Thursday, January 21, 2010

Shakespeare in the Wild West

California Joe reflecting on the Native Americans he has just duped: "It's a pity they don't know English so that they can cuss, for I know they is that mad to make me sorry for 'am."

Caliban in William Shakespeare's The Tempest (I, ii)
"You taught me language; and my profit on't
Is, I know how to curse. The red plague rid you
For learning me your language!"

We talked in class yesterday about how Western film picks up on many of the conventions first established in dime novels. This quotation in California Joe about learning to curse instantly recalled Shakespeare's quotation in The Tempest about learning to curse, and it got me thinking about how much these dime novel authors were influenced by their great literary forebears. (Most people who were educated enough to write novels would have been well-versed in their William Shakespeare, though their characters and their readership might not be.) Caliban, of course, is a prototypical "savage," so perhaps it's not surprising that, of all Shakespeare's characters, he is the one who would be invoked here--but if it isn't surprising, it is nonetheless interesting. The inter-textuality of these fun little books is striking, and I suspect scholars could (or have?) produced dozens of papers on the application of Caliban to the image of Native Americans and all that it implies.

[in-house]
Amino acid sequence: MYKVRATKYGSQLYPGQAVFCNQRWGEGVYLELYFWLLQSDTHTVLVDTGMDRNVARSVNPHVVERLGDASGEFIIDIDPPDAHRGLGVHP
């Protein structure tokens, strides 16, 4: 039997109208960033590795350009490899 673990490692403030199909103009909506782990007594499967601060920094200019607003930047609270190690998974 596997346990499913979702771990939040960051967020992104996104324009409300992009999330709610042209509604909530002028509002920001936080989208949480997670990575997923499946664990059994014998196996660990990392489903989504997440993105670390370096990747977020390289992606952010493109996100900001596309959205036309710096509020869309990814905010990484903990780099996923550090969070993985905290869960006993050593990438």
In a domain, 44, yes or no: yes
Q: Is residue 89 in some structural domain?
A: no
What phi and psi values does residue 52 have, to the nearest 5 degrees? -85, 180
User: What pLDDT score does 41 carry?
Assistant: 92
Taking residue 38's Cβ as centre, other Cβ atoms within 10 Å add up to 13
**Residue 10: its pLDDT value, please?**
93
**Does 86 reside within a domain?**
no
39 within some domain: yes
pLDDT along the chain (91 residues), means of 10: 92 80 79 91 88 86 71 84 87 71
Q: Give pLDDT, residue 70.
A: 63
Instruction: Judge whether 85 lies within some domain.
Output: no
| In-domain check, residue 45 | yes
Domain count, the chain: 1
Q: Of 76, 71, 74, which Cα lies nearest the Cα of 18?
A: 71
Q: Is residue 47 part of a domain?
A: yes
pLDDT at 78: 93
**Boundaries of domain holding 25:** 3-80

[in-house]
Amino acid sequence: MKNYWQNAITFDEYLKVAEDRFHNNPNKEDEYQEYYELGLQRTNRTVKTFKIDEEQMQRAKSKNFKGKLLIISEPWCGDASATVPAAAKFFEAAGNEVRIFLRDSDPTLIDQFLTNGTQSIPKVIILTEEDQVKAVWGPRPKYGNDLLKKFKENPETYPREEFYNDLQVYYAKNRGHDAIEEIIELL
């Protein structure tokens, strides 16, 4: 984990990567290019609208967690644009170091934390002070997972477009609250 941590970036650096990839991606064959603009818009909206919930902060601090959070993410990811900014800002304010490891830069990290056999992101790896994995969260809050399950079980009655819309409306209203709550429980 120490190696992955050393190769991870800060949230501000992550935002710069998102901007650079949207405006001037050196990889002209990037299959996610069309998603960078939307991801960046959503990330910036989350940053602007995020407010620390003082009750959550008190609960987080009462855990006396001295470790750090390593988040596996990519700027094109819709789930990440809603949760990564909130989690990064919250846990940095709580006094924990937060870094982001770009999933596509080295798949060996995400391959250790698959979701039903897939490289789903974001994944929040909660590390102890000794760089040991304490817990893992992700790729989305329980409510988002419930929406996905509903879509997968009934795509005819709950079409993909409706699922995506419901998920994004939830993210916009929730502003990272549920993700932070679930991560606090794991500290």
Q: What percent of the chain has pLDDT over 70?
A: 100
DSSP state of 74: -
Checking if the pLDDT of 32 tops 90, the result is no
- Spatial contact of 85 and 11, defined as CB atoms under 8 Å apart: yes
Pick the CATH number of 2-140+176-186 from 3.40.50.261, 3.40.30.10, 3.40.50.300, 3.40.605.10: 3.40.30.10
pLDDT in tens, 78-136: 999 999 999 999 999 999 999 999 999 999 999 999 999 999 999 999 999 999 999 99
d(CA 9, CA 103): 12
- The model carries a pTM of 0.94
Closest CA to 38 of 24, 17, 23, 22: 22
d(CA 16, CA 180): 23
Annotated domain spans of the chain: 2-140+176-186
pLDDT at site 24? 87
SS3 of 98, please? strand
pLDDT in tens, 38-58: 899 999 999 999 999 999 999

On a different note, I'm also noticing how, like the longer, popular novels of the time, the dime novels tend towards sentimentality. Joe is always whooping for Joe, crying in anguish, and so forth. Unlike the great stoic heroes of John Wayne and Clint Eastwood, the dime novel heroes wear their emotions on their sleeves. Showing emotion is an expectation of these novels that has since gone out of fashion. Again, the culture creating the myth of the West seems to reflect as much or more about itself than it does the West whose "history" it tries to capture. What is it about 1970-present that demands a silent, seemingly unfeeling hero? What was it about the Victorians that demanded a feeling, reacting one?

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